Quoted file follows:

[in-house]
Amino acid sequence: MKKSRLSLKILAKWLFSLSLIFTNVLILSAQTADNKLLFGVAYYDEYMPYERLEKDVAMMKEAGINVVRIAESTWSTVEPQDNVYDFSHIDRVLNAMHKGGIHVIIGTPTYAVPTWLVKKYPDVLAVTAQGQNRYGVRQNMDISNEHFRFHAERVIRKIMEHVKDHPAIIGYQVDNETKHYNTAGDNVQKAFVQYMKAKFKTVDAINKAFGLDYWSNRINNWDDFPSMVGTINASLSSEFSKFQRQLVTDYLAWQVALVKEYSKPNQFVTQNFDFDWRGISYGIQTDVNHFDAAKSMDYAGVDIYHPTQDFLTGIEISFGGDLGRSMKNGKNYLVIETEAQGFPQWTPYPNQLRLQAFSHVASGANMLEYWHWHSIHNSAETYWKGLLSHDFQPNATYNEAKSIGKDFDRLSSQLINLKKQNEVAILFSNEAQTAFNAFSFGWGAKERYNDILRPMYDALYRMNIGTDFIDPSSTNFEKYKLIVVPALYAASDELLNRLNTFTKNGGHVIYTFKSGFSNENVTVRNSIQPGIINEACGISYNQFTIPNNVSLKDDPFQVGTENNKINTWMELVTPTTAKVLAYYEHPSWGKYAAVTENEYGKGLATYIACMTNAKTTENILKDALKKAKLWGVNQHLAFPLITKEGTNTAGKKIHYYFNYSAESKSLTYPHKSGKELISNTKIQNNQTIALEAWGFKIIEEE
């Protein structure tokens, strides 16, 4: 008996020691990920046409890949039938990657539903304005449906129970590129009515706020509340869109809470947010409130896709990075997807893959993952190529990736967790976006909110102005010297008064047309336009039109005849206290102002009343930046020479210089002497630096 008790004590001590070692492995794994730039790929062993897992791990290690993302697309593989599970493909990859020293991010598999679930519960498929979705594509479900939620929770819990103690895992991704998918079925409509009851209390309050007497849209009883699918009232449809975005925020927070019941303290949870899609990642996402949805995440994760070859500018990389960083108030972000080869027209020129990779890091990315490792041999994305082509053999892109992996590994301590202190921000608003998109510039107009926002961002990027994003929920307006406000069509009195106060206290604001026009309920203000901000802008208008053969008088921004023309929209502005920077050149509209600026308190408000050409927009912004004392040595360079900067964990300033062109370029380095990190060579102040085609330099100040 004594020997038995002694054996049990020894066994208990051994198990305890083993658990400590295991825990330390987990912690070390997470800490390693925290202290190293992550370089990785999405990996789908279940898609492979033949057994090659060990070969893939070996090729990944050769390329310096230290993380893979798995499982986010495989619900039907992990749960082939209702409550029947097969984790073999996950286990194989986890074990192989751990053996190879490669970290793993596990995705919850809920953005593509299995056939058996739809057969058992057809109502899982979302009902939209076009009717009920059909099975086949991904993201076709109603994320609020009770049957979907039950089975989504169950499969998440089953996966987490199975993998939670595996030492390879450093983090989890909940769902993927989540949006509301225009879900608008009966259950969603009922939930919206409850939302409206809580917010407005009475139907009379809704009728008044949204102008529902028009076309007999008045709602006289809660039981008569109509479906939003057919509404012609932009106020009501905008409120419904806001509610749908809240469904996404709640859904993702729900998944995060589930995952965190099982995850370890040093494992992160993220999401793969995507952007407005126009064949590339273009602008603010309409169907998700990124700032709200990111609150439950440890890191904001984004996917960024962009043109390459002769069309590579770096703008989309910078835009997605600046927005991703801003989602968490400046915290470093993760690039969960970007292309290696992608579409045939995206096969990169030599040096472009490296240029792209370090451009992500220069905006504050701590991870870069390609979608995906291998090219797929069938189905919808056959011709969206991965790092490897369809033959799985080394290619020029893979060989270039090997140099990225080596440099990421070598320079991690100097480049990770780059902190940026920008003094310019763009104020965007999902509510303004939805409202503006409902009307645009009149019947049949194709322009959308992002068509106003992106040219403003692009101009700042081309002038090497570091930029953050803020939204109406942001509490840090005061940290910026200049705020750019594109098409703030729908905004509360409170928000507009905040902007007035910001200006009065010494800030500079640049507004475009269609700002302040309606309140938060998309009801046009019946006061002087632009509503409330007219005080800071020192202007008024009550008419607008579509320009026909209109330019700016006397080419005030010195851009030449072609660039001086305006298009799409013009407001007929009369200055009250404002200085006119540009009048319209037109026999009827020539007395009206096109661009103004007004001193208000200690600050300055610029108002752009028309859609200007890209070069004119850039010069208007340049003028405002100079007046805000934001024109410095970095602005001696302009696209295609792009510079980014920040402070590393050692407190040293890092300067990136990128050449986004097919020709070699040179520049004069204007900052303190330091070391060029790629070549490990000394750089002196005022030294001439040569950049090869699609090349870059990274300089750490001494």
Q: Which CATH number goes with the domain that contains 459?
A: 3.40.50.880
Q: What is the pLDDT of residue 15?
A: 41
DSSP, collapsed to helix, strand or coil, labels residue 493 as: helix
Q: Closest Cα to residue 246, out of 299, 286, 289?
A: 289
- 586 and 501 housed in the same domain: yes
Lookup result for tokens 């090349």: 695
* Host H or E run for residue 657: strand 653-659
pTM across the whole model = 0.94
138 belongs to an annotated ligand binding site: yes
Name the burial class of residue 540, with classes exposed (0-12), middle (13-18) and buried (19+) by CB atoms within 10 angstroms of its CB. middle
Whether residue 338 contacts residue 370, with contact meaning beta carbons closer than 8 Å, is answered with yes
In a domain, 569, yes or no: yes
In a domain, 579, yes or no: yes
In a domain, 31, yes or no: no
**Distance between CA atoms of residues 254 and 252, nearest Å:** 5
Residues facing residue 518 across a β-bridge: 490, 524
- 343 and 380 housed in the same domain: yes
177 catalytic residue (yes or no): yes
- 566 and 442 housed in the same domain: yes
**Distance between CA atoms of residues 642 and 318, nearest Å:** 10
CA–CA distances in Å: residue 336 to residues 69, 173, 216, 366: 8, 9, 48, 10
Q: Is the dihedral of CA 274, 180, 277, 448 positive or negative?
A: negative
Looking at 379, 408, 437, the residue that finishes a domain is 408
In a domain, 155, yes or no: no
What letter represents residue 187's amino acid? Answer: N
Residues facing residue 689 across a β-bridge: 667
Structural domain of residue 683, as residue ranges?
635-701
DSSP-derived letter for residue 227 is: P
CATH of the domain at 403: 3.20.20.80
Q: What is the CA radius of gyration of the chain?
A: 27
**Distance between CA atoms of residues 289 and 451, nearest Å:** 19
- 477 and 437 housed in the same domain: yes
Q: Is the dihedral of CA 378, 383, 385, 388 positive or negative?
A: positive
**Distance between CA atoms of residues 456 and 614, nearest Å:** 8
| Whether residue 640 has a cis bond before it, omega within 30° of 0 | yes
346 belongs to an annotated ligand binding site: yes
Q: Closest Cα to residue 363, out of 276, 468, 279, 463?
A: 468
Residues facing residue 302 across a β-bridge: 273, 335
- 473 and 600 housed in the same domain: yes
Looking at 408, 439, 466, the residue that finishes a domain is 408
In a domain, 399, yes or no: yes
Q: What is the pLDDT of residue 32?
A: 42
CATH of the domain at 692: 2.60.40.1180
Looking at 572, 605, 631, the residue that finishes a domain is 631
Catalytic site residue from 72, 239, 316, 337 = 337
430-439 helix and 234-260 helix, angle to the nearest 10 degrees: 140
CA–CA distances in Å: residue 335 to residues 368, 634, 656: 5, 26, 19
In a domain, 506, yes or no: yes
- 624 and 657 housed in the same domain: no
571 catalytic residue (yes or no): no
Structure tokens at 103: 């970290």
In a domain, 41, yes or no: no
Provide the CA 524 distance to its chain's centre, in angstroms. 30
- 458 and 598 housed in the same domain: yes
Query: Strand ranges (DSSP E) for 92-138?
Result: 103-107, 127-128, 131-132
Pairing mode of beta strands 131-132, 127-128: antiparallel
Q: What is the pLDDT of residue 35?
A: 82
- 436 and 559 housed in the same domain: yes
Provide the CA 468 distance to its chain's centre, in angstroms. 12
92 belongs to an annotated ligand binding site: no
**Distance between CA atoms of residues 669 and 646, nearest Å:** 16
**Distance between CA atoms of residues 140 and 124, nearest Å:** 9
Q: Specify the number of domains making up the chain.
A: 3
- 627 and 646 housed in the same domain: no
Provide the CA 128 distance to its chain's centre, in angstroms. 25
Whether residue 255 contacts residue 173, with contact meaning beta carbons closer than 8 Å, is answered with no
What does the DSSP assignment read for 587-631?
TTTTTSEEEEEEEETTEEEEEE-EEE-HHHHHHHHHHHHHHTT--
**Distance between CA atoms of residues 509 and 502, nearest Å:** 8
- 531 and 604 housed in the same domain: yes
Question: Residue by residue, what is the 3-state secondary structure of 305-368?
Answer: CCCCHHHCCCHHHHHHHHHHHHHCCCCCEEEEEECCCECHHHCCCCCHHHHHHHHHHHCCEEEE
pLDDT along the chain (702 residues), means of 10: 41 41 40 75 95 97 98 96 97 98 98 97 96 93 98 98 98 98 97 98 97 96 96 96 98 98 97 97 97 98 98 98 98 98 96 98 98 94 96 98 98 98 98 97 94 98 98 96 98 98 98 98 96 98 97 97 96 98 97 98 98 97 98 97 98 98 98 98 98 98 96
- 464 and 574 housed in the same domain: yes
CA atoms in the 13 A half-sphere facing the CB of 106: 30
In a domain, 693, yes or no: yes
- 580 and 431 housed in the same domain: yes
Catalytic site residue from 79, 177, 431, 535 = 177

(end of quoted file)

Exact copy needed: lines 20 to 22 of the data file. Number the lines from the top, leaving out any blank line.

In a domain, 31, yes or no: no
**Distance between CA atoms of residues 254 and 252, nearest Å:** 5
Residues facing residue 518 across a β-bridge: 490, 524